FAQ’s about Osteopathic Medicine and Cranial Osteopathy

FAQ’s about Osteopathic Medicine and Cranial Osteopathy

Dr. David Johnston, DO, is an Osteopathic Doctor. He is a board-certified Osteopathic Physician who practices Cranial Osteopathy and integrated medicine in our Fairfield, CT office. At Whole-Body Medicine, Dr. Johnston offers another level of care for our patients by using a very subtle and gentle hands-on approach to the treatment of the whole body. Experience holistic osteopathic care for managing your pain and improving your health.

Below are some of the Frequently Asked Questions that our patients at the Breiner Whole Body Health Center have asked about Cranial Osteopathy and Osteopathic Medicine.

FAQ’s about Osteopathic Medicine and Cranial Osteopathy

Q: What is Cranial Osteopathy?

A: Cranial Osteopathy examines not only the complex structure of the head in detail, but it also evaluates the considerable influence the head has on the health of the whole body via its connection to the spine. A Cranial Osteopath has an understanding of the relationship of the central nervous system and the surrounding cerebrospinal fluid, the connective tissue covering the brain and spinal cord, and a mechanism called “primary respiration”. Dr. Johnston uses his hands to gently and precisely diagnose and treat the body’s muscles, joints, soft tissues and fluids to restore circulation, proper alignment and function.

Q: What types of conditions does Cranial Osteopathy treat?

A: Many health conditions improve from this hands-on technique. Headaches and migraines, sports injuries, TMJ, neck and back pain, sinus infections, sleep disorders, ear problems, head trauma, as well as constipation, irritable bowel syndrome and ADHD have been helped with Cranial Osteopathy.

Q: Who can benefit from Cranial Osteopathy?

A: Children, from newborns to adolescents, as well as adults, including pregnant woman and the elderly can all benefit from Cranial Osteopathy.

Q: Can Dr. Johnston treat chronic health conditions, such as Chronic Fatigue Syndrome, Lyme Disease, and Fibromyalga?

A: Yes. Through his studies of osteopathy, integrative medicine and nutrition, Dr. Johnston has learned to diagnose and treat chronic disease. A comprehensive patient history and physical exam, as well as specialized laboratory testing will help in determining the cause of your symptoms and a course of treatment will be determined to get you back to your ideal health.

Q: What will I experience during a Cranial Osteopathy session with Dr. Johnston?

A: At your initial visit, your history of injuries, past medical concerns, and current symptoms will be discussed. Dr. Johnston will review test results and x-rays, if available. After a comprehensive physical and structural exam, you will lie on the examination table. Using gentle and precise application of force, your limbs, spine and cranium will be evaluated for restricted movement. Specific manual techniques are used to release compressed bones or joints, restoring normal tone to muscles and promoting movement of fluid within the body. Each treatment is unique to the finding of that day’s evaluation. Patients often experience a sense of deep relaxation, tingling, fluid flows and relief of pain. Emotional releases may occur as well. Your body has a natural tendency towards health, and Cranial Osteopathy will improve the body’s structure and function, while supporting the body’s natural healing processes.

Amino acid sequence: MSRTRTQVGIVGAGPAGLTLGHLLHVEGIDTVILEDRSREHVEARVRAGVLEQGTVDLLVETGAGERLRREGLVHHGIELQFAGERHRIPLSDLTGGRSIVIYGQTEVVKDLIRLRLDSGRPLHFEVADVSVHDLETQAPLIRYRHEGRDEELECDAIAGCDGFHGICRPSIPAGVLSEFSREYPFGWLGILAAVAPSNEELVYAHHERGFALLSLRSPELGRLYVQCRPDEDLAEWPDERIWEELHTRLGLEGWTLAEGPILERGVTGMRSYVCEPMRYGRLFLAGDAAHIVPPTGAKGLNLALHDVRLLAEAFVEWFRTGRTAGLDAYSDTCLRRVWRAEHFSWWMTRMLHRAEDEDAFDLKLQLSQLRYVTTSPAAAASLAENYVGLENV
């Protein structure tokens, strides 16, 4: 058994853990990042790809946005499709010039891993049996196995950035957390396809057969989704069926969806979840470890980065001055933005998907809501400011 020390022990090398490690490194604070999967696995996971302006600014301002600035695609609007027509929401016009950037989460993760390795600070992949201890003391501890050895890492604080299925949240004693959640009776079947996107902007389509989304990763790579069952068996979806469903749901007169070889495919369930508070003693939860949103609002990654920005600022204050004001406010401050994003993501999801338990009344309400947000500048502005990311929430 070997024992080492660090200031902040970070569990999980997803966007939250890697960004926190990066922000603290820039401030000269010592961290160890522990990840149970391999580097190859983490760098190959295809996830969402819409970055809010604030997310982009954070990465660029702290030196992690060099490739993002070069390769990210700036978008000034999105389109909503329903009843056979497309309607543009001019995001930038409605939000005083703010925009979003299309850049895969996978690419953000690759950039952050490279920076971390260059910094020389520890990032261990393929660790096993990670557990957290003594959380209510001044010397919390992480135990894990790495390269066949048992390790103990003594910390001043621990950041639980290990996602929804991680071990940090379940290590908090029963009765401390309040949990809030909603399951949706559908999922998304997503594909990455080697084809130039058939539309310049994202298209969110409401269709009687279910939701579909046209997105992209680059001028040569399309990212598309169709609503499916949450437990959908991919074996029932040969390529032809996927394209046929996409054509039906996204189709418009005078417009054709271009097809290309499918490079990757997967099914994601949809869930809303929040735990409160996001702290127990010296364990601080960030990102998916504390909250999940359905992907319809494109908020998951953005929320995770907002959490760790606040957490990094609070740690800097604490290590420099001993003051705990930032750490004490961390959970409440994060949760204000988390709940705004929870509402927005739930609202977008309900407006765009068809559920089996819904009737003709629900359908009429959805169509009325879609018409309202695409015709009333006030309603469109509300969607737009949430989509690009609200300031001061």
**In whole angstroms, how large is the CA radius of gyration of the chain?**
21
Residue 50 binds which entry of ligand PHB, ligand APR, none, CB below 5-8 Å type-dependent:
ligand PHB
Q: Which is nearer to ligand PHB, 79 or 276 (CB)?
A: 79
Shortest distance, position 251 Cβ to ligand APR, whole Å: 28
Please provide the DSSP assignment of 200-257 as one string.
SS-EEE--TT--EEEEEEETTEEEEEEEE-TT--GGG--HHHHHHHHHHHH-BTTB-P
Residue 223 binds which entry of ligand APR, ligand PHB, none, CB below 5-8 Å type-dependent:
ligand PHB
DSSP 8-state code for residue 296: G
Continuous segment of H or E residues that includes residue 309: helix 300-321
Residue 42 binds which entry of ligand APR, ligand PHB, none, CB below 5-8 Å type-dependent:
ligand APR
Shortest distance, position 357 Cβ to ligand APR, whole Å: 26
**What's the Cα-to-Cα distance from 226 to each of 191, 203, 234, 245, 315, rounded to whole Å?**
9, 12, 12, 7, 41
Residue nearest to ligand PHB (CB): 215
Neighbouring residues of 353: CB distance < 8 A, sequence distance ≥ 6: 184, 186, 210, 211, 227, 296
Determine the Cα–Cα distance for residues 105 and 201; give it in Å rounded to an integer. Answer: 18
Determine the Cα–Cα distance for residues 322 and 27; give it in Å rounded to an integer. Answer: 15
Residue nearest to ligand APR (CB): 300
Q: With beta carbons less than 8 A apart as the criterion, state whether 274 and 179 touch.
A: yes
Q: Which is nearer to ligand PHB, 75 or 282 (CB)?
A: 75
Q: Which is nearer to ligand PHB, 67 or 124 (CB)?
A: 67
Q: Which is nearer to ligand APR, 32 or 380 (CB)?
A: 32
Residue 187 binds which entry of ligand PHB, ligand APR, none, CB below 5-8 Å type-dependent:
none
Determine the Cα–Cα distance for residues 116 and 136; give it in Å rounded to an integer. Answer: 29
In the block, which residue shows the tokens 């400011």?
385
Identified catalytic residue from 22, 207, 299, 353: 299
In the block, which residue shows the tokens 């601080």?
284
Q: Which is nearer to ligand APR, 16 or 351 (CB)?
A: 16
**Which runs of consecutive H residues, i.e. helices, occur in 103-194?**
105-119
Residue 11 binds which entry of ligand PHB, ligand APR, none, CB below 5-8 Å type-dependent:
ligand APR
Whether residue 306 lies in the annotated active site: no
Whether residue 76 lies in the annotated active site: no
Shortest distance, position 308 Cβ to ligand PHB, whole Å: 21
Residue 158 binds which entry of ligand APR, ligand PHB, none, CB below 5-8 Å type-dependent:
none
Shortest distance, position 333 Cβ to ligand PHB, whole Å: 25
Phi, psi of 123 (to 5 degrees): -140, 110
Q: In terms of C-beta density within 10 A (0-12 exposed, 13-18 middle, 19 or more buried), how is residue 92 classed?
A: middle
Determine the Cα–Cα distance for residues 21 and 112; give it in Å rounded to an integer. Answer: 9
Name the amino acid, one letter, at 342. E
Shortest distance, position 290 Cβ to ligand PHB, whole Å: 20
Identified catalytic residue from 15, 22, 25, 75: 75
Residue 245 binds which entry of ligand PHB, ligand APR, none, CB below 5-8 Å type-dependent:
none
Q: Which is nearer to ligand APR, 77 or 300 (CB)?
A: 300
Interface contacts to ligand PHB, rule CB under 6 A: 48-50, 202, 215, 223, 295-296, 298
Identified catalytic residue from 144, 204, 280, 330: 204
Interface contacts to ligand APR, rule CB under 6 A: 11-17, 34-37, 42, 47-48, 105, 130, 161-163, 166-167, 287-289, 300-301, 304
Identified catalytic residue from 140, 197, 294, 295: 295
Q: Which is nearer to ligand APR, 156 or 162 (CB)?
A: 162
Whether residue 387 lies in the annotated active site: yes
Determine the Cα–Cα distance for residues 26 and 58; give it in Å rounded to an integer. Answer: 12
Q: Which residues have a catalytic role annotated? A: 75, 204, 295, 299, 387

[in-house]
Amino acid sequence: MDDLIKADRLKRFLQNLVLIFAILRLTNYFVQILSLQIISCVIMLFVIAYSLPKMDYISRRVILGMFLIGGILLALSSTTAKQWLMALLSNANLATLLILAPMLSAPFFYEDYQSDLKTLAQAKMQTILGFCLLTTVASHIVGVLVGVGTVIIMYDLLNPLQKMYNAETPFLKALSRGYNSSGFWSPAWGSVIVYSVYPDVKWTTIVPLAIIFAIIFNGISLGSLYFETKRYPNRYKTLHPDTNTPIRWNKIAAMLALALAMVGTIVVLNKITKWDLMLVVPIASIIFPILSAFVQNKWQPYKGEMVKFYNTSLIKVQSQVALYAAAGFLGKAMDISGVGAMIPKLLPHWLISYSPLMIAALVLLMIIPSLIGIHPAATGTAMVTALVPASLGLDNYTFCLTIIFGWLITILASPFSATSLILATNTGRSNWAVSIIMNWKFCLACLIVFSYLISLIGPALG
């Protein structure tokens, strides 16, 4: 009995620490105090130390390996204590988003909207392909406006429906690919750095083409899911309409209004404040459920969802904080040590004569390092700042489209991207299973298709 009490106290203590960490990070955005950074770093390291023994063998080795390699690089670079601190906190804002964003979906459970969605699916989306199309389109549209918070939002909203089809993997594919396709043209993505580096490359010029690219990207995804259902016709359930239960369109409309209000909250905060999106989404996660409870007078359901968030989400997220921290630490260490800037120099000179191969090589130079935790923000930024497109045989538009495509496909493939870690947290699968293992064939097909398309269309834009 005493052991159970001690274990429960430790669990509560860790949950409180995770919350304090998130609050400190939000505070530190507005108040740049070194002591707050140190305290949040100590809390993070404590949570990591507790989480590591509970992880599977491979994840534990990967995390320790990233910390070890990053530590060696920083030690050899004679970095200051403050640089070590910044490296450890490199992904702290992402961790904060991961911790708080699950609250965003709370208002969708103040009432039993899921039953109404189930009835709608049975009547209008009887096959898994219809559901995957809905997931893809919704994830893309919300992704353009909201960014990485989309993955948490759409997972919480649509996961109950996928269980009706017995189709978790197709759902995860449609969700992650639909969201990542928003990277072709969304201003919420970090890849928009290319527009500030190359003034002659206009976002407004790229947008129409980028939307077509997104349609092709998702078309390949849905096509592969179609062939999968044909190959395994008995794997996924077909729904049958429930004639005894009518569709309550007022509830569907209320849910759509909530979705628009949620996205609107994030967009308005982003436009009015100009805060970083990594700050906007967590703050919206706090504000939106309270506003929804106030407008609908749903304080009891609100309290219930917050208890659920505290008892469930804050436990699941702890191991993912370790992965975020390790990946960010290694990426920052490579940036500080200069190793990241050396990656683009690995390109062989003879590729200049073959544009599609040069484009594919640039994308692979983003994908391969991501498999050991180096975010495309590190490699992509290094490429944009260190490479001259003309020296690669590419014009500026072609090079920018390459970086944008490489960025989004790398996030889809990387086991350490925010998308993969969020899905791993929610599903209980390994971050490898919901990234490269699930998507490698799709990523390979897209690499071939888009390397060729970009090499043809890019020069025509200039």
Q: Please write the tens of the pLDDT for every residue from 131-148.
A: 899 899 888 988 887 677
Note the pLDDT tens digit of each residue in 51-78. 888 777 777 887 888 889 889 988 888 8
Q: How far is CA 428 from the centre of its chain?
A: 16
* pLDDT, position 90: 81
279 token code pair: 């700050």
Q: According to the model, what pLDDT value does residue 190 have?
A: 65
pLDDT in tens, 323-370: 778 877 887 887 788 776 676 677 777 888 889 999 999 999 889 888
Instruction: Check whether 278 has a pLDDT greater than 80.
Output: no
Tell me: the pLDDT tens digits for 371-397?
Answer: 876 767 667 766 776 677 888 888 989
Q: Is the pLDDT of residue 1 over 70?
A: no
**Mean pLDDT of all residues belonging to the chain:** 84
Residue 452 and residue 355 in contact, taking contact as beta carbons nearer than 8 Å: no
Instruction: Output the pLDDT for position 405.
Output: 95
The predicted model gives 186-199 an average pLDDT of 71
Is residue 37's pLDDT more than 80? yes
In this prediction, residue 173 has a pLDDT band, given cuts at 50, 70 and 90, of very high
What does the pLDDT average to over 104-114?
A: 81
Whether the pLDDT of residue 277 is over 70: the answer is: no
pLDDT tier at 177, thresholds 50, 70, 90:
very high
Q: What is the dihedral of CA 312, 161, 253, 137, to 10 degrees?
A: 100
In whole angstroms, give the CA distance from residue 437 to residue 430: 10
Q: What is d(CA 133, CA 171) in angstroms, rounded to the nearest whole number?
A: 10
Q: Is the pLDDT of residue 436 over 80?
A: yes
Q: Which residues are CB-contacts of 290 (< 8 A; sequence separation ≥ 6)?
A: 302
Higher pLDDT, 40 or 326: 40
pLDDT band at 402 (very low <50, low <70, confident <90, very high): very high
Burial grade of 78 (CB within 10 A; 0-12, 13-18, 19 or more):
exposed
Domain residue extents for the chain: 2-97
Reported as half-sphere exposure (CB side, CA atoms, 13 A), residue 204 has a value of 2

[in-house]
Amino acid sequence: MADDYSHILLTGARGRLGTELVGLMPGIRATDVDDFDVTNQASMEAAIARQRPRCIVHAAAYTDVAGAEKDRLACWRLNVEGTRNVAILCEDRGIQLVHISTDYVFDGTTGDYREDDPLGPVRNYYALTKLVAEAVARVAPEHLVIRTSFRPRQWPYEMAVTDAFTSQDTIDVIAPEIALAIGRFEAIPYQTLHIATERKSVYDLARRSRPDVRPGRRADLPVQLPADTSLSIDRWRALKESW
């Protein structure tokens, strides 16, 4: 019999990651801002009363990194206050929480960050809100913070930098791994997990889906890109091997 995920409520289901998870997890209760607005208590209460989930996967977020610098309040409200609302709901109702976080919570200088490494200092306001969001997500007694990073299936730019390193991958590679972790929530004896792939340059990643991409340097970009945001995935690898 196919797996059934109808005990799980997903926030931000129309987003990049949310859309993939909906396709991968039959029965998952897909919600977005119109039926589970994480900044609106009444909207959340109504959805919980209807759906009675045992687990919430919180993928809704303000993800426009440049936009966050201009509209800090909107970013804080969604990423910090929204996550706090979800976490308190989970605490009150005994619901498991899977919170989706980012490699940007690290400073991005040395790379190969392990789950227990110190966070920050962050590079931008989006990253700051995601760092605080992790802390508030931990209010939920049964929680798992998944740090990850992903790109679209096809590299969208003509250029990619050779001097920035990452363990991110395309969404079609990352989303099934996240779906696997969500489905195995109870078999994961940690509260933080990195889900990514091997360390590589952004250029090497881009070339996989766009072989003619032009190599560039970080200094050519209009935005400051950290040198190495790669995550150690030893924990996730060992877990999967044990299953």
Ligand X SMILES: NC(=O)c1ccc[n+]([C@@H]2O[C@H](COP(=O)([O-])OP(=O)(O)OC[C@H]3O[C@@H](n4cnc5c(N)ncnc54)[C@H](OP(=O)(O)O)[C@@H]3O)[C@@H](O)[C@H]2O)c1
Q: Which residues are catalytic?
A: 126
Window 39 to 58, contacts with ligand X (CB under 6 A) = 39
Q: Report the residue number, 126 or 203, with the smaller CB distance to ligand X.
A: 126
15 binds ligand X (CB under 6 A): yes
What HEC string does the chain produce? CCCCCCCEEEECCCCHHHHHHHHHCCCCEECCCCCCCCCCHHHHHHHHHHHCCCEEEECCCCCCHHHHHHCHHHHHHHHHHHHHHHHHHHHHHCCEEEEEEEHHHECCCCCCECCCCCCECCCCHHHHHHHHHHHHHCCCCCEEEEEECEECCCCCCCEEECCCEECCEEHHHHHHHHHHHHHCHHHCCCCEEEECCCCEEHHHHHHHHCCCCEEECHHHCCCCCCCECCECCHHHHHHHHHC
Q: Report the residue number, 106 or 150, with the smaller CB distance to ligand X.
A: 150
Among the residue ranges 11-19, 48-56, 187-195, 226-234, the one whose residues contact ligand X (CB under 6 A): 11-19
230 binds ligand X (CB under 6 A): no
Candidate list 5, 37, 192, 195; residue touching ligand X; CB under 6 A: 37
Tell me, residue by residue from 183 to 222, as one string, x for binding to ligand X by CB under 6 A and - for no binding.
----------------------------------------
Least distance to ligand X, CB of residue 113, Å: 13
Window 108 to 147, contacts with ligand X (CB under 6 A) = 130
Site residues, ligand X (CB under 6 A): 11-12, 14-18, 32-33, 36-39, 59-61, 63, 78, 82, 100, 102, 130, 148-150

Q: Is there difference between an MD and a DO?

A: Both MD’s and DO’s are trained and licensed physicians, and essentially can offer the same care to patients. However, Osteopathic physicians receive additional training in musculoskeletal health, and, in general, view the body in a more holistic manner.

Q: What is the difference between a Cranial Sacral Therapist and a Cranial Sacral Osteopath?

A: A Cranial Sacral Osteopath is a trained medical physician, and if necessary, can prescribe medications, order blood testing, etc. Not all Osteopaths have the specialty training in cranial sacral treatment. Dr. David Johnston has received extensive post-doctoral training in this area, and in fact, is now a teacher of this specialty.

Q: What is “primary respiration?”

A: Primary Respiration is a concept observed by Dr. William Sutherland, DO back in the early 1900’s. While he was a senior student at the American School of Osteopathy (ASO), Dr. Sutherland found a discarded skull. His unique thought process led him to observe that the skull, with its beveled articulations (cranial sutures) reminded him of the movements possible by the beveled“gills”of a fish. He had an idea that the bony cranium, just like the fish gills, was capable of respiratory movement. Dr. Sutherland spent many years of research and study to bring “primary respiration” to the forefront of cranial osteopathy. In fact, research has proven him correct! In short, the brain and the spinal cord undulate rhythmically and can change shape with inhalation and exhalation. As the spinal cord undulates the spinal fluid rhythmically moves from the head to the sacrum (tailbone). It is this restriction of both fluid flow and cranial movement that is addressed and corrected in Cranio-Sacral Osteopathic treatment.

In the hands of a skilled practitioner a healing therapeutic response is produced.

Learn more about Dr. David Johnston